Best Sugar Cookie Icing Ever

The Valentine’s Day that my son was two years old, I decided I’d attempt to bake and frost heart-shaped sugar cookies to send with him to Mom’s Day Out.  I wanted to be one of “those moms”—moms who sort of breeze into the room airily with a plate of fresh-baked goods and wave off compliments with, “Oh, it was nothing, really.  Just whipped these up in a flash.”  And mean it.

However, I am not one of those moms.  Baking is a chore for me, and most often times, a near disaster.  But really, how hard could sugar cookies be?

Apparently, much harder than I anticipated.

Oh, the cookies tasted fine.  They were totally edible, as long as you looked past the appearance of a shapeless blob that was supposed to be a scalloped heart.  And the powdered sugar icing that I made so often as a child (okay, my mom made it, maybe that was the difference) ran off the cookies in a dripping, messy ooze that caused me to throw the entire batch into the trash and declare myself a complete failure.  It was an embarrassment, truly.  I’d show you pictures, but fortunately I had enough self-preservation to know better than to take any.

By fall, I decided to give it another whirl.  And while I am not nearly as talented as Bridget at Bake at 350, my technique has definitely improved.  I’ve since taken cake and cookie decorating classes…and while all the instructors advised using royal icing that for the prettiest cookie, I’m here to tell you – dont.  Well, unless you actually like royal icing, that is.  Then go for it.  Personally, I like my cookies to look pretty and taste yummy, and not have to worry about cracking a tooth on the cement-like hardness you’ll find with royal icing.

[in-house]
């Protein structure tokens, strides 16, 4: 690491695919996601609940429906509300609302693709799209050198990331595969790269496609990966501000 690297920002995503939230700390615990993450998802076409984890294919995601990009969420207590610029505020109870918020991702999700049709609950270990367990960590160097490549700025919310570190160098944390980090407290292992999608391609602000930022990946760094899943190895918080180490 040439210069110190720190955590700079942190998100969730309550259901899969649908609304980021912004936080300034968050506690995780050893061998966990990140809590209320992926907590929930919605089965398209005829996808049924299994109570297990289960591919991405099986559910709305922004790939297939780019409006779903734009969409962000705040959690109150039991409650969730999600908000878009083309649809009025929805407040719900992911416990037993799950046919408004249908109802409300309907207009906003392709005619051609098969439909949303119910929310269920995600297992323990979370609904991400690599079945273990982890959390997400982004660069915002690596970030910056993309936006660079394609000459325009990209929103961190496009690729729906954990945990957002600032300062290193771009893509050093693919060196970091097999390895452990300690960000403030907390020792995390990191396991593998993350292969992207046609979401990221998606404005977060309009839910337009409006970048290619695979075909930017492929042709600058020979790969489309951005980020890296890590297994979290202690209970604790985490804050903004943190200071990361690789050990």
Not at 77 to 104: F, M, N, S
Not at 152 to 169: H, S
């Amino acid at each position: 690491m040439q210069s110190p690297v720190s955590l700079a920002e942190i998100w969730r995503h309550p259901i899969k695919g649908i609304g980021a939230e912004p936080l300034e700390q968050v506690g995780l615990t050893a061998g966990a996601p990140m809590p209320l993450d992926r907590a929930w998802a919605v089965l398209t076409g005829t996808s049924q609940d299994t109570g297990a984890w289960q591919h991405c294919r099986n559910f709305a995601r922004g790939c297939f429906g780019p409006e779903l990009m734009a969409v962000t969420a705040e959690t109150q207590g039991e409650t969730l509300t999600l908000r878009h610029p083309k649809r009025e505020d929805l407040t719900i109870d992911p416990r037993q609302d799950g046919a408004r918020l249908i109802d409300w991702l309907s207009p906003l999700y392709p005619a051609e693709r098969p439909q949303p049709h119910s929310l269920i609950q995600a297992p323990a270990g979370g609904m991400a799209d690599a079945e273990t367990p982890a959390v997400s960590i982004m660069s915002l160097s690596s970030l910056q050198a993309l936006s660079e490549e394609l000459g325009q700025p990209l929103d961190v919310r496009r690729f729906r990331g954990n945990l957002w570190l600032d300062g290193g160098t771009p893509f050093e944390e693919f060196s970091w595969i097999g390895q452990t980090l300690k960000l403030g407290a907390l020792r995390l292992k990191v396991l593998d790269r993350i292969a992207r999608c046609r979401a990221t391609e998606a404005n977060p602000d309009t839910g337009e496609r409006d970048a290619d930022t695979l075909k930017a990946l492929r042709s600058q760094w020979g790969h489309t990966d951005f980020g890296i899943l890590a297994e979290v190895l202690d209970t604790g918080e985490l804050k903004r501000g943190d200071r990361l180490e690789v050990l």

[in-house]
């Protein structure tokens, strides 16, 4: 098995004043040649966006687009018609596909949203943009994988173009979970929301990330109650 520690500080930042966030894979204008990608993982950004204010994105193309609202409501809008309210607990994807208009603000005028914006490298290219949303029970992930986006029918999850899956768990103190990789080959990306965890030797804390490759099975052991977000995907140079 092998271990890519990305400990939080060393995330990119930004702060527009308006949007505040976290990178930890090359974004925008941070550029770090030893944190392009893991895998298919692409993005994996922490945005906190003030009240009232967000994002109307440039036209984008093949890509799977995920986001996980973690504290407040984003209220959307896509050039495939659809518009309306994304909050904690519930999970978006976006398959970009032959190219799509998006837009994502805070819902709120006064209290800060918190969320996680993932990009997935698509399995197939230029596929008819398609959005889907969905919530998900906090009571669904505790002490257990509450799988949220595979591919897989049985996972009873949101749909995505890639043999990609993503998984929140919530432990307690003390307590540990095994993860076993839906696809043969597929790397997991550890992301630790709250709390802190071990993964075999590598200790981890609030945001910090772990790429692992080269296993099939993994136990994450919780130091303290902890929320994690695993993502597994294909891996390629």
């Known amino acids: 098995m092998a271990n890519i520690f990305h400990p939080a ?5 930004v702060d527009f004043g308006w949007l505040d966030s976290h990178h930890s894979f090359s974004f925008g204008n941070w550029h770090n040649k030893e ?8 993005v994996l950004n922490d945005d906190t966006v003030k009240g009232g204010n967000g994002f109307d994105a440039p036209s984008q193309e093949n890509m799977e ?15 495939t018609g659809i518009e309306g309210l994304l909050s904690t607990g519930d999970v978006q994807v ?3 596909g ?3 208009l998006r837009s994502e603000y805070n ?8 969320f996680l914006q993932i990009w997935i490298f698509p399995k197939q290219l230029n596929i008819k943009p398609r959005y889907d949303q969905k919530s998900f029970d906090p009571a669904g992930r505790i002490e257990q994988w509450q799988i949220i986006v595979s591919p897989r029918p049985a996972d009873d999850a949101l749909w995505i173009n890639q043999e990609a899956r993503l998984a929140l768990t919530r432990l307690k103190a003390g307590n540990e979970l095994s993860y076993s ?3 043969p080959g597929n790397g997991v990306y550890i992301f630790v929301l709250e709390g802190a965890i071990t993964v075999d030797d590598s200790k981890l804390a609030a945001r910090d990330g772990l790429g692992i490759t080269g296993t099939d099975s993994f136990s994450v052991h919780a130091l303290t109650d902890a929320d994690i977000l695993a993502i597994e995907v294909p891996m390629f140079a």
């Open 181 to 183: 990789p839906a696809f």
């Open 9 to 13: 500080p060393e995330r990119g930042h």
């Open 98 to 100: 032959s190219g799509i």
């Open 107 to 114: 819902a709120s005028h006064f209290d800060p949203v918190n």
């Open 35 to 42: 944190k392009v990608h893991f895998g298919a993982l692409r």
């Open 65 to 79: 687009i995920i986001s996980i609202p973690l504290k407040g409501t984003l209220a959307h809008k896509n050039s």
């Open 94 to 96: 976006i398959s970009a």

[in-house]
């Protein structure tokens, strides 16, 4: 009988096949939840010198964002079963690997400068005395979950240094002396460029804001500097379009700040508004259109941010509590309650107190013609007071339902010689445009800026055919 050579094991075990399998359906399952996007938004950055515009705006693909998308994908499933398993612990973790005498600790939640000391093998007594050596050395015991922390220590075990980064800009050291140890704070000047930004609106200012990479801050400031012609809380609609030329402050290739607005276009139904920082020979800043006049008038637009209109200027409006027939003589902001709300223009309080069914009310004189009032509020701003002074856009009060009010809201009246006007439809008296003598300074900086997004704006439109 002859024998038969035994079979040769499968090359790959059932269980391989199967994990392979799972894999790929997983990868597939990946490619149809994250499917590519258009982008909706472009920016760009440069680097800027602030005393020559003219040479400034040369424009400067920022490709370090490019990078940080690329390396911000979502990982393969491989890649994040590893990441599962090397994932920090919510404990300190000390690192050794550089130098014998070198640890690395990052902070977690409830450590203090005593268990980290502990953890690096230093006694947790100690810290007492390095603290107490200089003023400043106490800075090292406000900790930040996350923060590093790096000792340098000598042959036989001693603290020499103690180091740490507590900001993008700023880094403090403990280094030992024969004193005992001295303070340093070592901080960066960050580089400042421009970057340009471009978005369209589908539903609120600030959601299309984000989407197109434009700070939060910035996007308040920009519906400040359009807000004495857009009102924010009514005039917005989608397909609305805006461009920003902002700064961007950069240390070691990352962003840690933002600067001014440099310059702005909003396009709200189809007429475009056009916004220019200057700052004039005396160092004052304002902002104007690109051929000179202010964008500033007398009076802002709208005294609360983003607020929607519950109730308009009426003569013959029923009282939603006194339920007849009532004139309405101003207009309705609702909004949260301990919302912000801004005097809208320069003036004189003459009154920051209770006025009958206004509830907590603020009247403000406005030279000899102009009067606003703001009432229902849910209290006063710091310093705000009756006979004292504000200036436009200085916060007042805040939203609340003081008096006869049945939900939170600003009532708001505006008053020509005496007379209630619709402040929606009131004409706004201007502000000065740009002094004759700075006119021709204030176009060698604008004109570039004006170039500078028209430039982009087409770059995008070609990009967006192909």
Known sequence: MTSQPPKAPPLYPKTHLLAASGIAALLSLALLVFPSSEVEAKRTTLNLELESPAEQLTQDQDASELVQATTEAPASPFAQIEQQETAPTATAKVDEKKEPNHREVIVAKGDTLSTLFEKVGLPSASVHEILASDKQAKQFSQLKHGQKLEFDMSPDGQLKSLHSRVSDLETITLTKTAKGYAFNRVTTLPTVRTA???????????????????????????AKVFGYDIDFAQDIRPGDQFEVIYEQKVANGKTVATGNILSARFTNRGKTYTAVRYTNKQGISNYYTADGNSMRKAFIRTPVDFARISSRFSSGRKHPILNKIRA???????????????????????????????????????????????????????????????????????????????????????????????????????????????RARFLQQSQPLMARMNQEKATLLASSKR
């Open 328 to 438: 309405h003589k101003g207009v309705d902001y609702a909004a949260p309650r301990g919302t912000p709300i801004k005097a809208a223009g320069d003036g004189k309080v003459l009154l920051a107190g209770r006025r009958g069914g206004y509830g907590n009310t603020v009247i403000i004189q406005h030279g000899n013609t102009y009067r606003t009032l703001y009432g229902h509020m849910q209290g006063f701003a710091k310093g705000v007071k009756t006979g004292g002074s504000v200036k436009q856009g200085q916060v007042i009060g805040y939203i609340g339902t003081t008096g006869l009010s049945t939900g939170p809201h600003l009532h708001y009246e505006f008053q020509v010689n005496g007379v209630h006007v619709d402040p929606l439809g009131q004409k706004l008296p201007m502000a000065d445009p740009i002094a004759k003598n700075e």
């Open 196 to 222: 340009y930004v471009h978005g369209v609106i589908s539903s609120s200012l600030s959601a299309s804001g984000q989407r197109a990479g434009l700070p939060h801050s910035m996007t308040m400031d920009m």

This icing is probably very similar to the powdered sugar icing we made as kids, with a bit of corn syrup added in to give them a slight sheen.

Here’s the skinny (well, it’s not actually skinny, since eating these are likely to cause weight gain upwards of five pounds, but you know what I mean):

Grab your ingredients:

  • 4 cups powdered sugar
  • 6 tablespoons whole milk
  • 6 tablespoons light corn syrup
  • 1 ½ teaspoon almond extract

 In a large mixing bowl, whisk together powdered sugar and milk until smooth.

Add in corn syrup, and 1 ½ teaspoons almond extract.  You can use vanilla extract if you wish; but almond really tastes the best here.  With a strong arm, whisk together until the icing is shiny and smooth and drizzles off your whisk easily.

The consistency you have at this point is what you’ll use to fill your cookies.  But unless you thicken some up first to use as a dam, you’re going to be left with a runny mess everywhere.  Trust me on this; I have plenty of experience.

Using a small bowl, pour in a bit of your thin consistency icing.  Sprinkle in some additional powdered sugar and whisk again, until smooth and difficult to mix by hand.  It’s going to look thick—this is a good thing!

 

Fill a piping bag (or a Ziploc with the corner snipped) with your thick icing.  Using a #3 or #4 decorator tip, outline your cookie:

I’ve tried many different methods to fill my cookies, but I’ve found these decorator bottles work the best and cause me the least amount of stress.  You can find them at Michael’s, Hobby Lobby, or anywhere cake decorating supplies are sold:

Carefully squeeze your thin consistency icing onto your cookie.  Do not be tempted to immediately fill in every gap and cranny.  This icing is runny and will spread—if you squeeze too much on, there is no dam in the world that can save you from overflow.  Again, just trust me.

 

It’s really best to let these dry for a few hours before decorating, but I usually don’t have that much patience.  I pop them in the refrigerator for a about 30 minutes and then get started.  If they are dry to the touch, you should be good to go.